Ventricular Septal Defect (VSD) CLINICAL FEATURES General examination with Treatment
- There is a shunt from LV to RV due to a defect in the interventricular septum.
- VSD also occurs in combination with other congenital heart defects, as in an atrioventricular canal (AVC),transposition of the great arteries (D-TGA),tetralogy of Fallot (TOF) and occasionally,
- Presentation — Most infants with VSD present in the neonatal period.
- typical presentation of a small VSD in a neonate involves the detection of a cardiac murmur at four to ten days of life
General examination —
- Infants with small, restrictive VSDs usually remain asymptomatic.
- These include Tachypnea (from increased pulmonary blood flow) Poor feeding (appears hungry but tires easily;
- In contrast, infants with moderate to large VSDs usually manifest signs of heart failure by three to four weeks of age ,
- Tachycardia Hepatomegaly Pulmonary rales, grunting, and retractions (if heart failure is marked) Pallor (from peripheral vasoconstriction)
- sweats with feeds) Poor weight gain (prolonged and severe failure may also affect linear growth and head circumference)
Mild / Small VSD :
- Very small peri membranous and muscular ventricular septal defects may be undetected. There may be normal pulmonary arterial pressure.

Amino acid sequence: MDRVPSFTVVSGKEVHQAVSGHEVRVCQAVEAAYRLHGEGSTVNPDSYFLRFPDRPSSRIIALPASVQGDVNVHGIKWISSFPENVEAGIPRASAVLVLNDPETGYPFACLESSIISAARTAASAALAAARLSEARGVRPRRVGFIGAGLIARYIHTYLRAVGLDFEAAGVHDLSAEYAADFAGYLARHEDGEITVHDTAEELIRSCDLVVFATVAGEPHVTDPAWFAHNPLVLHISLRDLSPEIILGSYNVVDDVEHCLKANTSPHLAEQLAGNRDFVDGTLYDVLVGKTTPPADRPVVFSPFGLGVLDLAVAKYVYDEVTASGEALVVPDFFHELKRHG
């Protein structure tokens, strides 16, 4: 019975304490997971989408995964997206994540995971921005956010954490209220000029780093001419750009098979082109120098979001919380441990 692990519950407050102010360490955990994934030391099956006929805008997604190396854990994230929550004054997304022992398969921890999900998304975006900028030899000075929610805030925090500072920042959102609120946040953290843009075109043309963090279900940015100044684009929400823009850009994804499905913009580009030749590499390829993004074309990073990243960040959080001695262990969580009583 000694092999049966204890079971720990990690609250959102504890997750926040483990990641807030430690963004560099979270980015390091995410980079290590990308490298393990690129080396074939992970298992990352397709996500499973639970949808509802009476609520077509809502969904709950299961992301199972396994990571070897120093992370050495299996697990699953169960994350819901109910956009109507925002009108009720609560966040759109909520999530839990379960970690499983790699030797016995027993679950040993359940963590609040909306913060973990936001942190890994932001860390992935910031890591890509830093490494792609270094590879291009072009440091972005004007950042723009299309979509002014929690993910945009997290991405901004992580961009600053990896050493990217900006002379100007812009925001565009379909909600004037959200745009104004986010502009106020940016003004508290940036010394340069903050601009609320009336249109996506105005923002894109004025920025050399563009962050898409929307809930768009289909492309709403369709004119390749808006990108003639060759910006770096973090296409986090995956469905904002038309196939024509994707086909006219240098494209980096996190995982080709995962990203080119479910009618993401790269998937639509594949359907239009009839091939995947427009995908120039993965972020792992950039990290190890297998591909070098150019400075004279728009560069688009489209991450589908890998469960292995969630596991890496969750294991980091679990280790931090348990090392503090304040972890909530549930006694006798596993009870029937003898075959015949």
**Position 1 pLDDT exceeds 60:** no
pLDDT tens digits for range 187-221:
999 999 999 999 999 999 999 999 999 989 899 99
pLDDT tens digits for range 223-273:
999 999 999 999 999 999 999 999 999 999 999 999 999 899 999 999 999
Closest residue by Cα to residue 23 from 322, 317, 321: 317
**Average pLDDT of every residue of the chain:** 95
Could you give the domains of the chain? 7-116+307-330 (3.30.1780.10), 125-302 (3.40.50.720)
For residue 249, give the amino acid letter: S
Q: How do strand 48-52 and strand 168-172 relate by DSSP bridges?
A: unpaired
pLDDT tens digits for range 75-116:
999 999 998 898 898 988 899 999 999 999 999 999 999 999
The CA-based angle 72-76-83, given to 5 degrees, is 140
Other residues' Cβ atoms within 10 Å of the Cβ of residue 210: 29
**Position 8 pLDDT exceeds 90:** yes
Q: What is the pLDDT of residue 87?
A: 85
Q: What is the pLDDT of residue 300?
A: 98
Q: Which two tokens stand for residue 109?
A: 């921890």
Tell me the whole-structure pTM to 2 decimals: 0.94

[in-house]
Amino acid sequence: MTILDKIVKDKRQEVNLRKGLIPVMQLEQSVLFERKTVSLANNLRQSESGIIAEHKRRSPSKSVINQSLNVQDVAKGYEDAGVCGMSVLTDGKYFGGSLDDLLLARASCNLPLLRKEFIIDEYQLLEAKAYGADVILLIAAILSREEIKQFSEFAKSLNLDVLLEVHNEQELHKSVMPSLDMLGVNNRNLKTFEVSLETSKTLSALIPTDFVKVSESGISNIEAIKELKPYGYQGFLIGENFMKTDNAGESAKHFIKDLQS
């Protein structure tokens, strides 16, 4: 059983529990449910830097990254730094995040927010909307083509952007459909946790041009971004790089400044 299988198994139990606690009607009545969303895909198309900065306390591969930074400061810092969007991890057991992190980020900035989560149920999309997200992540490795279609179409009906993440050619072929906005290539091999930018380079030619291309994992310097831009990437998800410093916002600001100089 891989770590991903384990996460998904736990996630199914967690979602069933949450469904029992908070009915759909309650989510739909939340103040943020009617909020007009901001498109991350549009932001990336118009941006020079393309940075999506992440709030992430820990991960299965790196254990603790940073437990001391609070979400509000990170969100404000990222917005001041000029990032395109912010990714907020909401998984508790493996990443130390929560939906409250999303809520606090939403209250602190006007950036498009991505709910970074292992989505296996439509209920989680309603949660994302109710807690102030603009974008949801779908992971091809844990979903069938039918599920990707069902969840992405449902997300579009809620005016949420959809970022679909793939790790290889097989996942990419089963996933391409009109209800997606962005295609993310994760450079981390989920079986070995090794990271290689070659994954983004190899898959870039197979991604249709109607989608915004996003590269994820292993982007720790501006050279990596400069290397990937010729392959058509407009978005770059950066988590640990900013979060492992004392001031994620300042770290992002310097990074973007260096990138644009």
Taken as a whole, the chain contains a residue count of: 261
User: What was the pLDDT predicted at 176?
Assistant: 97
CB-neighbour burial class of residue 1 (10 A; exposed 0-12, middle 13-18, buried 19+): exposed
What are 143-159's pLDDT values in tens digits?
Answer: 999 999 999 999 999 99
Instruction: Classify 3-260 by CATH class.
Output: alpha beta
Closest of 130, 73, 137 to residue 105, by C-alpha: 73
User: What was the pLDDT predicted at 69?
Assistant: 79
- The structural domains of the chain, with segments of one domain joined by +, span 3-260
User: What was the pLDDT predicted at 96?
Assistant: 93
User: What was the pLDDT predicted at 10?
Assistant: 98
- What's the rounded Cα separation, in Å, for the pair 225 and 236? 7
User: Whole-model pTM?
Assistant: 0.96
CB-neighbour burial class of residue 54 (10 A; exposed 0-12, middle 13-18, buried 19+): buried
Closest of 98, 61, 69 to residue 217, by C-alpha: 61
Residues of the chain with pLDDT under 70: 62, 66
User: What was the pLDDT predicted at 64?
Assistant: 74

- There is a prominent left parasternal holosystolic murmur. The murmur may disappear as the defect may spontaneously close.
Moderate VSD :
- There may be congestive heart failure with holosystolic murmurs in the infant.
Large VSD :
- There is failure to thrive, retarded growth and development, hyperdynamic left ventricular impulse, left parasternal heave and thrill, harsh holosystolic murmur and apical mid diastolic murmur across the mitral valve.
- Peri membranous or small VSD closes spontaneously. With moderate and large VSD pulmonary vascular resistance increases, there may be congestive heart failure but always there is marked progressive pulmonary vascular disease.
- There is prominent left ventricular impulse due to volume overload and parasternal heave due to dilated right ventricule due to increased pulmonary vascular resistance.
- VSDs lie just beneath the aortic valve and behind the septal leaflet of the tricuspid valve
- There is systolic thrill and holosystolic murmur, loud P2 and apical mid-diastolic murmur.
- Shows left atrial ‘P’ wave and tall T waves, or biatrial P waves and biventricular hypertrophy.
- Shows increased pulmonary vascularity and pulmonary venous congestion. There is cardiomegaly with dilatation of all chambers.
- In moderate to large defects with increased left-to-right shunts, the pulmonary vascular markings are increased, and the left atrium, LV, and PA may be enlarged.
- Later on there is decreased pulmonary blood flow, reversal of shunt (right to left) – Eisenmenger physiology.
- In small defects, the radiograph is usually normal.
- All four chambers as well as the pulmonary trunk are dilated but aortic root is small.
- Shows the ventricular septal defect.
- Two-dimensional and Doppler echocardiography are useful in identifying the location of the defect and estimating the size of the shunt
Treatment of VSD
- Surgical or non-surgical closure of the defect at appropriate age before pulmonary hypertension develops and reversal of shunt (right to left) occurs.